My Experience Using Bazzite on the 64GB Steam Deck

This is not my Steam Deck but I needed a nice picture.


I have been using Bazzite on my stock 64GB Steam Deck for the past month now, and tested it previously before Bazzite had ISOs. This post demonstrates the experience of using Bazzite on unsupported hardware. The issues encountered with Bazzite on a stock 64GB Steam Deck are not exclusive to Bazzite, but also affects other Universal Blue images as well.

The 64GB Steam Deck will be obsolete soon anyways, but there are still plenty of people out there who are in possession of one and possibly do not have plans to upgrade the storage.

When I ran SteamOS, I was already using SteamOS-BTRFS to save on internal storage. I was also using the “main” update channel for SteamOS, which I do not recommend anyone else attempt since it has broken my SteamOS installation several times.

The SteamOS “main” update channel had a sneak peak of SteamOS 3.5 and had smaller shadercache sizes, Graphics Pipeline Library enabled in the GPU’s driver, and scaling options to stretch/fill lower resolution games. The only issue with using this channel is that it’s bleeding-edge SteamOS and obviously an unstable experience. Updating the OS can cause an unbootable system.

Of course, the “main” update channel on SteamOS is specifically not intended for most users since it is essentially bleeding edge SteamOS. Luckily, today SteamOS 3.5 is out now on the stable channel.

During this time frame, I decided to install Bazzite on the 64GB Steam Deck to get these features earlier on a much more stable base. SteamOS 3.5 was taking too long, and most people had no idea they were planning to release it at the same time as their secretive revision of the Steam Deck’s hardware.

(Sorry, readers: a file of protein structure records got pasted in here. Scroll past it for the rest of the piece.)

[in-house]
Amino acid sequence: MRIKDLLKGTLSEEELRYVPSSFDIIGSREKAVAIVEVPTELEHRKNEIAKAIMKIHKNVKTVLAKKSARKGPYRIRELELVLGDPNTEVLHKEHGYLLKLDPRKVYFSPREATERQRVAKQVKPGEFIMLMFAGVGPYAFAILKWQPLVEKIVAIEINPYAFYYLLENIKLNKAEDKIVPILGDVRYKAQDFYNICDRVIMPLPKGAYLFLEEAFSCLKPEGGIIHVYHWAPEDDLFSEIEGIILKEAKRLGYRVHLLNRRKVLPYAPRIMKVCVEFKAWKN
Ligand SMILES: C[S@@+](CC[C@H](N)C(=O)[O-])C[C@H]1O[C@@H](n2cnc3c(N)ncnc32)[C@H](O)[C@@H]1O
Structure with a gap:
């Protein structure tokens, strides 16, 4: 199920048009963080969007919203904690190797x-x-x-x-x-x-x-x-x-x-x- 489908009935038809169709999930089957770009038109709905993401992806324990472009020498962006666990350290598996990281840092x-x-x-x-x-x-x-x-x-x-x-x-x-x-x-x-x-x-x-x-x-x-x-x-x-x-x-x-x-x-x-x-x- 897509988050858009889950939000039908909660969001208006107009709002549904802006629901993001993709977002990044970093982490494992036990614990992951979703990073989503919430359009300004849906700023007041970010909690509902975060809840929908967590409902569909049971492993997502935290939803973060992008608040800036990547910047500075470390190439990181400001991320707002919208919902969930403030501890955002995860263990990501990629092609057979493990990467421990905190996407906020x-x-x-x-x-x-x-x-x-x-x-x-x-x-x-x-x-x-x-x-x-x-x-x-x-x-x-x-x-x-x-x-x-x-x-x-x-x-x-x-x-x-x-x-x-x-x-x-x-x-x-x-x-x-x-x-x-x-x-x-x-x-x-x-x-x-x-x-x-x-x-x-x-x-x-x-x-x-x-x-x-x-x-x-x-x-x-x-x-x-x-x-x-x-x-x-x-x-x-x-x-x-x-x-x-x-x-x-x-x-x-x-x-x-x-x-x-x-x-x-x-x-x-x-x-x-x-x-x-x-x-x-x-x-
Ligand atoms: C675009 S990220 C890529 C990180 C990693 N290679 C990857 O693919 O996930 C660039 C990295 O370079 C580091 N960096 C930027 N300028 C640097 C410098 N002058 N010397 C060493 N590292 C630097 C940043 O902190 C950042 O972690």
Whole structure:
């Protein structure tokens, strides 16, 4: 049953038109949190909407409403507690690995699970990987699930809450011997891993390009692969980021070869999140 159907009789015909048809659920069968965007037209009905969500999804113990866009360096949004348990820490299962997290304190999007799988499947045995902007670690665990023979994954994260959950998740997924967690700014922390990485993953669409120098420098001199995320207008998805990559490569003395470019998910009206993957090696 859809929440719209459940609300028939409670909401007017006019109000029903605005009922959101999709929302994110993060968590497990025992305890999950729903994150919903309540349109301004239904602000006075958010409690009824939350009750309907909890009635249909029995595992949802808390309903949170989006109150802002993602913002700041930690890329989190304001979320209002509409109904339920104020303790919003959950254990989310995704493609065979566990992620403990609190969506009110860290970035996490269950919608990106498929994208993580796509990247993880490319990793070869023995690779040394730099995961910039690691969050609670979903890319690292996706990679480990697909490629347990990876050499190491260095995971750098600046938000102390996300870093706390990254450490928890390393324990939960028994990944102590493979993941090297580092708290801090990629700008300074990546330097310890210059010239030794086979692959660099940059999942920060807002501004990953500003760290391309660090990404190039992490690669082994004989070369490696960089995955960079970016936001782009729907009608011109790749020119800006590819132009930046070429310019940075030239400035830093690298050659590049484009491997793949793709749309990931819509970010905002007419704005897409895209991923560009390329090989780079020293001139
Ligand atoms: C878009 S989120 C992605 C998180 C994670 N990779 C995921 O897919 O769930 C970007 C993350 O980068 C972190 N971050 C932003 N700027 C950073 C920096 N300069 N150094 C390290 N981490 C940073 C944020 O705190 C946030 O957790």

Why is there a warning?

Bazzite has been tested on multiple stock 64GB Steam Decks with the same symptoms. It appears filesystem corruptions occur and these manifest in different ways and are inconsistent. This is the only known configuration to have major issues like this on Bazzite. So what exactly does that entail?

The Good

The positives of using Bazzite on your 64GB Steam Deck is due to the appealing features of Bazzite itself and why I prefer it over SteamOS:

  • Can layer native packages to the image.
  • BTRFS (w/ compression and deduplication) is the default filesystem.
  • Waydroid is preinstalled and easy to setup.
  • Will still boot if you run out of storage unlike SteamOS.
  • ujust commands are fantastic conveniences.
  • Newest features of SteamOS on a stable Fedora base.

Installation was smooth until I had to reboot for the first time after completing the Bazzite Portal…

The Bad

I installed it and completed the Bazzite Portal setup. Then I rebooted and was met with a failed boot with these messages:

Actually never took a picture of the boot errors myself, but RJ (Bazzite Maintainer) has! I saw essentially the same thing in these images.

I held down the power button and rebooted my Steam Deck. This time it booted up properly, but since I was already aware of the fact that this is inconsistent from my testing previously that nothing has changed for the 64GB model since July 2023.